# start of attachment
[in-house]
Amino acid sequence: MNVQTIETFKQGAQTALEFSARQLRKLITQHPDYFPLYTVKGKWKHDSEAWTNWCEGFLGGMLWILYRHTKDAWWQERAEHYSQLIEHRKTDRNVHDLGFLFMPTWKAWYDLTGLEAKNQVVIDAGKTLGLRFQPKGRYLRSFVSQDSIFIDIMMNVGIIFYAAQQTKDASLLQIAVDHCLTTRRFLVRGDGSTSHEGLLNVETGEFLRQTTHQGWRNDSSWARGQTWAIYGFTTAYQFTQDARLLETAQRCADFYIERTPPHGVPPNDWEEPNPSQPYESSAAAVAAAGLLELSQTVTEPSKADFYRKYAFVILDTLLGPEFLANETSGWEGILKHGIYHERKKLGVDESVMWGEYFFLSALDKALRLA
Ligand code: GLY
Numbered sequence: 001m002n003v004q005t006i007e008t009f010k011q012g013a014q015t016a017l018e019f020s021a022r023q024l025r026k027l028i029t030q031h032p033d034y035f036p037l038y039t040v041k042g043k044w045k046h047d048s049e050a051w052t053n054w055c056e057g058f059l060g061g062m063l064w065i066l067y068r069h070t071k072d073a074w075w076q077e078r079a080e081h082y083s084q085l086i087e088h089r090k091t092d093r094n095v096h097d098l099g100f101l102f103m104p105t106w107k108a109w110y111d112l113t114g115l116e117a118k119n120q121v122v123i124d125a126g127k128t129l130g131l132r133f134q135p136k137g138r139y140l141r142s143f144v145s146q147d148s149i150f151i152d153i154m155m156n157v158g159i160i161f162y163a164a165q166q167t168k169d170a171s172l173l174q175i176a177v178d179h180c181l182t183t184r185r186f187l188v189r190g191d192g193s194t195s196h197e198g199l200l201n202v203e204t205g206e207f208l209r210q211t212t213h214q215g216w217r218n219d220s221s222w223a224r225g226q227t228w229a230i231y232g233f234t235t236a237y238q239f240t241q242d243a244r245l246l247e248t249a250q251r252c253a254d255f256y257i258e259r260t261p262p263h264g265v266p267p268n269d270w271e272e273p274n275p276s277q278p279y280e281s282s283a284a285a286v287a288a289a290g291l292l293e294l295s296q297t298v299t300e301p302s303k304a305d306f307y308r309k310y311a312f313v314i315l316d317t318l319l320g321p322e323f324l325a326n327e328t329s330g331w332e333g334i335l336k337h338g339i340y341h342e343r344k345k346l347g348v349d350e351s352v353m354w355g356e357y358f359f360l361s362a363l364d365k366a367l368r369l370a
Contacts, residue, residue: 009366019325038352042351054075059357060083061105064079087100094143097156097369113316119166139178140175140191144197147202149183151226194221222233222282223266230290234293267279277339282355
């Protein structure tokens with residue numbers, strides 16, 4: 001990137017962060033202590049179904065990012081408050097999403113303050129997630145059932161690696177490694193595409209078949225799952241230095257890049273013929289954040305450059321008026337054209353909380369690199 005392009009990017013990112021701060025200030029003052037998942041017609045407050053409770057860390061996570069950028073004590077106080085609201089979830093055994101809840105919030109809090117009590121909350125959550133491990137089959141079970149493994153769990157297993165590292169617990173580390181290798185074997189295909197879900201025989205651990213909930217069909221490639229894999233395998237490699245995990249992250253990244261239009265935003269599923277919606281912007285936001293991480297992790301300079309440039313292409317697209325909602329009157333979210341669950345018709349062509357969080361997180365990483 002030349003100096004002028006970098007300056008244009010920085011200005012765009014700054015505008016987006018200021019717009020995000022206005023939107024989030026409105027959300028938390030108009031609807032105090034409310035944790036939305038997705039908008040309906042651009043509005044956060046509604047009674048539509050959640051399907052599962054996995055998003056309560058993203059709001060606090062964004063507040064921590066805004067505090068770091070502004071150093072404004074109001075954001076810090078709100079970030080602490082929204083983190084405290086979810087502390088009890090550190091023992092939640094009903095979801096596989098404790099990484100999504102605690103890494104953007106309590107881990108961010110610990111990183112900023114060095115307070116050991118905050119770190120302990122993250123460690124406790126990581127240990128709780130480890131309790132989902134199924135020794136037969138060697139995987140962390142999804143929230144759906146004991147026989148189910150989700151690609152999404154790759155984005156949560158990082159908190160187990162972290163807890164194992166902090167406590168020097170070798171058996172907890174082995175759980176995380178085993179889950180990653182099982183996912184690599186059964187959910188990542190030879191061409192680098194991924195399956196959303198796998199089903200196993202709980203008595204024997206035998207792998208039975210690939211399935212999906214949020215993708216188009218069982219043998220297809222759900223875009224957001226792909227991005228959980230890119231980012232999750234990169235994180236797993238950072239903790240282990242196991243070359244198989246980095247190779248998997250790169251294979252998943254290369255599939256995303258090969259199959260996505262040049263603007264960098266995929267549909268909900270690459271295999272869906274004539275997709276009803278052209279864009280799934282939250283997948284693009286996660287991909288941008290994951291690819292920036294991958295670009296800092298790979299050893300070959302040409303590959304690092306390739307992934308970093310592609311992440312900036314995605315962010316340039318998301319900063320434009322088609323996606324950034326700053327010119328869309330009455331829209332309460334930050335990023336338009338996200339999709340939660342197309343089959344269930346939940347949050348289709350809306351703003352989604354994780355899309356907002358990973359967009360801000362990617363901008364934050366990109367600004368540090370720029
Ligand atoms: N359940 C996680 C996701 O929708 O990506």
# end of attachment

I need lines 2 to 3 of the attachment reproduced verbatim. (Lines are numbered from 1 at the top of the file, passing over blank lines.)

Amino acid sequence: MNVQTIETFKQGAQTALEFSARQLRKLITQHPDYFPLYTVKGKWKHDSEAWTNWCEGFLGGMLWILYRHTKDAWWQERAEHYSQLIEHRKTDRNVHDLGFLFMPTWKAWYDLTGLEAKNQVVIDAGKTLGLRFQPKGRYLRSFVSQDSIFIDIMMNVGIIFYAAQQTKDASLLQIAVDHCLTTRRFLVRGDGSTSHEGLLNVETGEFLRQTTHQGWRNDSSWARGQTWAIYGFTTAYQFTQDARLLETAQRCADFYIERTPPHGVPPNDWEEPNPSQPYESSAAAVAAAGLLELSQTVTEPSKADFYRKYAFVILDTLLGPEFLANETSGWEGILKHGIYHERKKLGVDESVMWGEYFFLSALDKALRLA
Ligand code: GLY